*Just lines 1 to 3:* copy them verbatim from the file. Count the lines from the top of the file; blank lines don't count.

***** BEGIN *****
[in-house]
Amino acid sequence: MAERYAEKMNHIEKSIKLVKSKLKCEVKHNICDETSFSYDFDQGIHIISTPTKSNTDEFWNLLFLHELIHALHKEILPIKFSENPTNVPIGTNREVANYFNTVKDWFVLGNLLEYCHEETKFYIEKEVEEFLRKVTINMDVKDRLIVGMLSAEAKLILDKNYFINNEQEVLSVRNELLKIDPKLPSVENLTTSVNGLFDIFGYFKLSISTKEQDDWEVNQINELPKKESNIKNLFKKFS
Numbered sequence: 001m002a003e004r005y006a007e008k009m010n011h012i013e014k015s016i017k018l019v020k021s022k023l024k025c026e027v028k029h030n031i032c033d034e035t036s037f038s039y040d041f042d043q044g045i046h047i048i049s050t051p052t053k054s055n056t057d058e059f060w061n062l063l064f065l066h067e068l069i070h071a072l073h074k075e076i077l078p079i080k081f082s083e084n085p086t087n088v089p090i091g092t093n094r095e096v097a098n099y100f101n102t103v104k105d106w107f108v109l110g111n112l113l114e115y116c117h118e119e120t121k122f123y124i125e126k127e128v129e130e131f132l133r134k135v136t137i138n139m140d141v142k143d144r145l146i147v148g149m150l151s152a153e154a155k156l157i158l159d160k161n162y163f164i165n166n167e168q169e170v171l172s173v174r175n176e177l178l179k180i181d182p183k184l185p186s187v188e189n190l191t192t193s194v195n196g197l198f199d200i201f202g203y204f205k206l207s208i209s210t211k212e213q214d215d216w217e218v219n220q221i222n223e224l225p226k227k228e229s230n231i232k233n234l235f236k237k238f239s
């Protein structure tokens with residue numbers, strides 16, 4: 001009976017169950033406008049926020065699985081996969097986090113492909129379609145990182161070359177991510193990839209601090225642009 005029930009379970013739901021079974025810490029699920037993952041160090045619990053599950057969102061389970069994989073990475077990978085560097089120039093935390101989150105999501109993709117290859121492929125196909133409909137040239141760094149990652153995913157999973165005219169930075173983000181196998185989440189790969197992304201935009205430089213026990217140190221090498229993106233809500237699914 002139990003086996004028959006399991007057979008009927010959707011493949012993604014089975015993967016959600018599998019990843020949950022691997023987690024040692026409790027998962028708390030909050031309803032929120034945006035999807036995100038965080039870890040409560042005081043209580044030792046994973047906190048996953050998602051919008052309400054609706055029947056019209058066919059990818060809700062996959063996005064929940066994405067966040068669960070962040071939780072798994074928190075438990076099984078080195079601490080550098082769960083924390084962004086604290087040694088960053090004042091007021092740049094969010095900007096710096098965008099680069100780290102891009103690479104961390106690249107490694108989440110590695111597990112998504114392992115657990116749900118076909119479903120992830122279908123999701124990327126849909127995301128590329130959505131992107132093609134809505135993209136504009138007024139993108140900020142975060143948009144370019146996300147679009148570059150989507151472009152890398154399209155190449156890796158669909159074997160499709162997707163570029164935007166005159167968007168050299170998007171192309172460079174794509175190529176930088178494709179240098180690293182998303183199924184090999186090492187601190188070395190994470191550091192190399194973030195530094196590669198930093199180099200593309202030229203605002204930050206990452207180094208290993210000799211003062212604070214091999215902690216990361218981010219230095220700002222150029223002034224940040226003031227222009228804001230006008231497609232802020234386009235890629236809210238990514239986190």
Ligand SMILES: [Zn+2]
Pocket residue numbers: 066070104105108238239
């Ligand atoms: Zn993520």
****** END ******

[in-house]
Amino acid sequence: MAERYAEKMNHIEKSIKLVKSKLKCEVKHNICDETSFSYDFDQGIHIISTPTKSNTDEFWNLLFLHELIHALHKEILPIKFSENPTNVPIGTNREVANYFNTVKDWFVLGNLLEYCHEETKFYIEKEVEEFLRKVTINMDVKDRLIVGMLSAEAKLILDKNYFINNEQEVLSVRNELLKIDPKLPSVENLTTSVNGLFDIFGYFKLSISTKEQDDWEVNQINELPKKESNIKNLFKKFS
Numbered sequence: 001m002a003e004r005y006a007e008k009m010n011h012i013e014k015s016i017k018l019v020k021s022k023l024k025c026e027v028k029h030n031i032c033d034e035t036s037f038s039y040d041f042d043q044g045i046h047i048i049s050t051p052t053k054s055n056t057d058e059f060w061n062l063l064f065l066h067e068l069i070h071a072l073h074k075e076i077l078p079i080k081f082s083e084n085p086t087n088v089p090i091g092t093n094r095e096v097a098n099y100f101n102t103v104k105d106w107f108v109l110g111n112l113l114e115y116c117h118e119e120t121k122f123y124i125e126k127e128v129e130e131f132l133r134k135v136t137i138n139m140d141v142k143d144r145l146i147v148g149m150l151s152a153e154a155k156l157i158l159d160k161n162y163f164i165n166n167e168q169e170v171l172s173v174r175n176e177l178l179k180i181d182p183k184l185p186s187v188e189n190l191t192t193s194v195n196g197l198f199d200i201f202g203y204f205k206l207s208i209s210t211k212e213q214d215d216w217e218v219n220q221i222n223e224l225p226k227k228e229s230n231i232k233n234l235f236k237k238f239s